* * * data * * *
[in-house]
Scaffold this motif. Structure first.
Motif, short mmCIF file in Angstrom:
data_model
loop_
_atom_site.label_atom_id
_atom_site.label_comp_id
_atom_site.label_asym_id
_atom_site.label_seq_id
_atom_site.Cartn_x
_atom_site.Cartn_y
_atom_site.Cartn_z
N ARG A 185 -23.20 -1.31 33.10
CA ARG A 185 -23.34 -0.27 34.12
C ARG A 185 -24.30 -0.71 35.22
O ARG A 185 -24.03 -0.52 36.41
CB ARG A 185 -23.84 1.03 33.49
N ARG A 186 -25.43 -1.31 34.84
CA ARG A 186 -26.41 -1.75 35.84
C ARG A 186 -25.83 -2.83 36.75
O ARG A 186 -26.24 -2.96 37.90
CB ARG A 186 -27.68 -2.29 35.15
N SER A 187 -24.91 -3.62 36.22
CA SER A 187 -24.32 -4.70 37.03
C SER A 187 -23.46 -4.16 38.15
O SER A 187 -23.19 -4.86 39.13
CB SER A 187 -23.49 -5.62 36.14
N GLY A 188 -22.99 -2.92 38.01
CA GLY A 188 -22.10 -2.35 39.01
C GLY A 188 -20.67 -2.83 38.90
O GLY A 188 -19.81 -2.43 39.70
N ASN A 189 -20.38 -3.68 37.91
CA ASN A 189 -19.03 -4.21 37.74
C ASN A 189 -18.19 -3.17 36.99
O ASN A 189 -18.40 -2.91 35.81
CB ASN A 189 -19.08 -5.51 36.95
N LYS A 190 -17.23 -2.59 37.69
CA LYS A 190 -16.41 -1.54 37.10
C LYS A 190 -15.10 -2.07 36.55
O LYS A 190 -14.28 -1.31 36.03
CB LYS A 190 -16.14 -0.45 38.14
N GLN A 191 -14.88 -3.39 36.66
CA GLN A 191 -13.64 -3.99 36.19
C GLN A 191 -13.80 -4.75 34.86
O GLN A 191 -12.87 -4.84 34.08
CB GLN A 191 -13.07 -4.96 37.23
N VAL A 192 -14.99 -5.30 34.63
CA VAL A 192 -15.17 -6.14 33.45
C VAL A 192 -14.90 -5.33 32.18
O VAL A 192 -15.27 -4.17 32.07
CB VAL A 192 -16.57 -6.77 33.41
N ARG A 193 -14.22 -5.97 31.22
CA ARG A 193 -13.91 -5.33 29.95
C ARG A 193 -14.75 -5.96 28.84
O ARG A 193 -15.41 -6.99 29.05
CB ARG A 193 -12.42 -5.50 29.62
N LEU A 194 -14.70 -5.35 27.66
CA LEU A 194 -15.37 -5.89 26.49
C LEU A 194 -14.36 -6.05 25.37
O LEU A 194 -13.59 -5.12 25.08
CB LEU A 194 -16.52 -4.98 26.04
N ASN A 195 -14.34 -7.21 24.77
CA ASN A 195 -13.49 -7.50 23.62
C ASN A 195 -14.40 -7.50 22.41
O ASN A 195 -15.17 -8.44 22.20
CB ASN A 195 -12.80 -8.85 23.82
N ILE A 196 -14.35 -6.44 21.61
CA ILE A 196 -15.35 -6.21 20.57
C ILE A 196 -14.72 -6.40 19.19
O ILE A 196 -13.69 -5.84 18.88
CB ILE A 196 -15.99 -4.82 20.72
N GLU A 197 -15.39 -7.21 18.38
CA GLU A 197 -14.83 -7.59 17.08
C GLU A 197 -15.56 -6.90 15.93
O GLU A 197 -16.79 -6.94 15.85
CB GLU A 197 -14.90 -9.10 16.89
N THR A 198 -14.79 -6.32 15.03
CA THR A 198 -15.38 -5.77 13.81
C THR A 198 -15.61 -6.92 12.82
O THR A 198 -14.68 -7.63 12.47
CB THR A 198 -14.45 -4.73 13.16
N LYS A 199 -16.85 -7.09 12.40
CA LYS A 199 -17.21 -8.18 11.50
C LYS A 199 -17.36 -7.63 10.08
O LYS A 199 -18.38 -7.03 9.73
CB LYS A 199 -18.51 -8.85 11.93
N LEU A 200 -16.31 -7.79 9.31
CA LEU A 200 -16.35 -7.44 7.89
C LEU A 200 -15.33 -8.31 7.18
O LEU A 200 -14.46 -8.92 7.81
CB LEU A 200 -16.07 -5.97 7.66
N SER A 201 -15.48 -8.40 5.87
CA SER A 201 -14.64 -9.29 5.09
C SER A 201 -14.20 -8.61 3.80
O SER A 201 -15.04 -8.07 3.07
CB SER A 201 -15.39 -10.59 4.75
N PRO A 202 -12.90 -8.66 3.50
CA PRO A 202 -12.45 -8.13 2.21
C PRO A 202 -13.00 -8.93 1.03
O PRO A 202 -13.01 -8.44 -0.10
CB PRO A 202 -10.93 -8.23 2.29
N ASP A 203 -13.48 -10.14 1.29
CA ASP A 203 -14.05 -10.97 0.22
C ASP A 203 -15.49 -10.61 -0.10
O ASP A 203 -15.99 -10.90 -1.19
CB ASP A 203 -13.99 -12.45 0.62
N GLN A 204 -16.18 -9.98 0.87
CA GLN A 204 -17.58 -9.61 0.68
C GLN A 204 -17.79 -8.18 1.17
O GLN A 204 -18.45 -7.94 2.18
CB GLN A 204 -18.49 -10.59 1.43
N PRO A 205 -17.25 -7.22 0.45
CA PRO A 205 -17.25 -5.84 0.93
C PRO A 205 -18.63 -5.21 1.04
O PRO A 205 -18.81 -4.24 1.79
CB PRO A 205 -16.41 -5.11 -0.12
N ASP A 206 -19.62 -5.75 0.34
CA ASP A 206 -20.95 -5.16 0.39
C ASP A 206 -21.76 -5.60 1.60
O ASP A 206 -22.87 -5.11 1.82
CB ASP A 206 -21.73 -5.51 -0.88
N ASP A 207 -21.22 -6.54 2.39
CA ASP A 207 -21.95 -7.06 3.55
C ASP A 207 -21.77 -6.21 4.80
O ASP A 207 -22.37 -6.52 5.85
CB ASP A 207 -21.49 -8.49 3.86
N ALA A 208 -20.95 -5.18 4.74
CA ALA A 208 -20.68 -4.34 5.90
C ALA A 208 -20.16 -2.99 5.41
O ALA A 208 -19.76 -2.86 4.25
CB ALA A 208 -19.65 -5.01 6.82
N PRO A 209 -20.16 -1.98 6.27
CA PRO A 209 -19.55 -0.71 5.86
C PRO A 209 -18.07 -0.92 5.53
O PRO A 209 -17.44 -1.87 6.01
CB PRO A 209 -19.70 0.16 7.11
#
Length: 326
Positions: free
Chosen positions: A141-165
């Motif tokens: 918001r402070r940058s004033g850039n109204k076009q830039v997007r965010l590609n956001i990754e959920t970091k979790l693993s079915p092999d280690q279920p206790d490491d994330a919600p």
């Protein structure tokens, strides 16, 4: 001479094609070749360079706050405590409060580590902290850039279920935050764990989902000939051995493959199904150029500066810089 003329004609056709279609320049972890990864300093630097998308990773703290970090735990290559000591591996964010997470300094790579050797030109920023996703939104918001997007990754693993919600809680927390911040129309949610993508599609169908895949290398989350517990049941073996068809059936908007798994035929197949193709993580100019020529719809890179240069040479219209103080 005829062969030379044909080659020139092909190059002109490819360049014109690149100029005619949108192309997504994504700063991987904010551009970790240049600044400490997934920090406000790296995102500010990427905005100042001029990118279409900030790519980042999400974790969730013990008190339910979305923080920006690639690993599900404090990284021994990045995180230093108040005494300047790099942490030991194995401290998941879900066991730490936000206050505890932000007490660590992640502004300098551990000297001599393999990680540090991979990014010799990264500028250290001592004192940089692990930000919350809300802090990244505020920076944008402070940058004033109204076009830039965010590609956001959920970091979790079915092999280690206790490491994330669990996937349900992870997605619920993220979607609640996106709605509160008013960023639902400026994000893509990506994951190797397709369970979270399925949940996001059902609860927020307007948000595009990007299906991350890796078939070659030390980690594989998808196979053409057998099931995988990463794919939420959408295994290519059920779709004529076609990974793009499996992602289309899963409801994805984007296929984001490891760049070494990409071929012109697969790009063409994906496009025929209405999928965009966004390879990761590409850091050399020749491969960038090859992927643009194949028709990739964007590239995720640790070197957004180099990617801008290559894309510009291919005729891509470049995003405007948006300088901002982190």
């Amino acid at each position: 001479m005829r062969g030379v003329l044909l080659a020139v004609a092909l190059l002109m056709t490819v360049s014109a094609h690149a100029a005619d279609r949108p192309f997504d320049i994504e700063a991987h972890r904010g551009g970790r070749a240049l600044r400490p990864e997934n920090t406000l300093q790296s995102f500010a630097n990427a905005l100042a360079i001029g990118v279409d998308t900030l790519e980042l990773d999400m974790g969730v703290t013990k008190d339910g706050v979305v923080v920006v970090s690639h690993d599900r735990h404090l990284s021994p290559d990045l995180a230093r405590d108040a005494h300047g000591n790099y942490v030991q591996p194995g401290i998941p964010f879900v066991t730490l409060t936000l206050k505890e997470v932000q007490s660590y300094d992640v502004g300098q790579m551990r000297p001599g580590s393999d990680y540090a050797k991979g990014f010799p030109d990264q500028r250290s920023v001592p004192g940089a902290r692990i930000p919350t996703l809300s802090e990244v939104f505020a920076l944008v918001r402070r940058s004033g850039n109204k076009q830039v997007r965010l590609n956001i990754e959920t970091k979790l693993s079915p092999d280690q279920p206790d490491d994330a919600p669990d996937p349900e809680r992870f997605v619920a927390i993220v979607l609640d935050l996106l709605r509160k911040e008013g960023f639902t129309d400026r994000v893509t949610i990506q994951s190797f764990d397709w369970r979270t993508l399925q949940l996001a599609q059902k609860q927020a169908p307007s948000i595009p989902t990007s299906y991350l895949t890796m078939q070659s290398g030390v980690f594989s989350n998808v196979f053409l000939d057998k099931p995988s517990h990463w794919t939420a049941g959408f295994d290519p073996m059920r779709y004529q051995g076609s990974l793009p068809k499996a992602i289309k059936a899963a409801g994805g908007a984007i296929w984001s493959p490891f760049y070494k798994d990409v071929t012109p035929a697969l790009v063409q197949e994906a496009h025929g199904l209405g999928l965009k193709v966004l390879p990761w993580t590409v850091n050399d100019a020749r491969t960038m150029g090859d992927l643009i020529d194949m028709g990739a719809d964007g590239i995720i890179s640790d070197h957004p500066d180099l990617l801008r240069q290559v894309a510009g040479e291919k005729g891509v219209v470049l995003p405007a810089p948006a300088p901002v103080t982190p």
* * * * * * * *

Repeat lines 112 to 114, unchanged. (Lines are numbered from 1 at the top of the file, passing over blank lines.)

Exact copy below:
N PRO A 205 -17.25 -7.22 0.45
CA PRO A 205 -17.25 -5.84 0.93
C PRO A 205 -18.63 -5.21 1.04